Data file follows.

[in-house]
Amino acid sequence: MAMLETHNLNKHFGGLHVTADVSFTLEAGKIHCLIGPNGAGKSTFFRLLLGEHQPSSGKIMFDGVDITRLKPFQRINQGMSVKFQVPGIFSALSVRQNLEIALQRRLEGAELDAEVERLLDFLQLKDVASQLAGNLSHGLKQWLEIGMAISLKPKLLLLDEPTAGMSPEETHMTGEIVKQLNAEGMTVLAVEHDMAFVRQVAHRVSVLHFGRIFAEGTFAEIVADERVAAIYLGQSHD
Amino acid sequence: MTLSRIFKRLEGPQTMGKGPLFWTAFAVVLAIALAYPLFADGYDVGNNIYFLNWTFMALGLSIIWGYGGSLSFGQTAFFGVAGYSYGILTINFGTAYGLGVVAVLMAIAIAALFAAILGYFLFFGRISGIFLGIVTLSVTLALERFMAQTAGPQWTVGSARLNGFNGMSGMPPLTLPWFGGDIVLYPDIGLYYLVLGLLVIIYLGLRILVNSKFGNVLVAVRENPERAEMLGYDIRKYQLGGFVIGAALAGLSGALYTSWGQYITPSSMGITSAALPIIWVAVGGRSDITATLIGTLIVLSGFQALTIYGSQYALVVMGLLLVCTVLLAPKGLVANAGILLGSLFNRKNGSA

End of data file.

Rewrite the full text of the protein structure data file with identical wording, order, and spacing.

[in-house]
Amino acid sequence: MAMLETHNLNKHFGGLHVTADVSFTLEAGKIHCLIGPNGAGKSTFFRLLLGEHQPSSGKIMFDGVDITRLKPFQRINQGMSVKFQVPGIFSALSVRQNLEIALQRRLEGAELDAEVERLLDFLQLKDVASQLAGNLSHGLKQWLEIGMAISLKPKLLLLDEPTAGMSPEETHMTGEIVKQLNAEGMTVLAVEHDMAFVRQVAHRVSVLHFGRIFAEGTFAEIVADERVAAIYLGQSHD
Amino acid sequence: MTLSRIFKRLEGPQTMGKGPLFWTAFAVVLAIALAYPLFADGYDVGNNIYFLNWTFMALGLSIIWGYGGSLSFGQTAFFGVAGYSYGILTINFGTAYGLGVVAVLMAIAIAALFAAILGYFLFFGRISGIFLGIVTLSVTLALERFMAQTAGPQWTVGSARLNGFNGMSGMPPLTLPWFGGDIVLYPDIGLYYLVLGLLVIIYLGLRILVNSKFGNVLVAVRENPERAEMLGYDIRKYQLGGFVIGAALAGLSGALYTSWGQYITPSSMGITSAALPIIWVAVGGRSDITATLIGTLIVLSGFQALTIYGSQYALVVMGLLLVCTVLLAPKGLVANAGILLGSLFNRKNGSA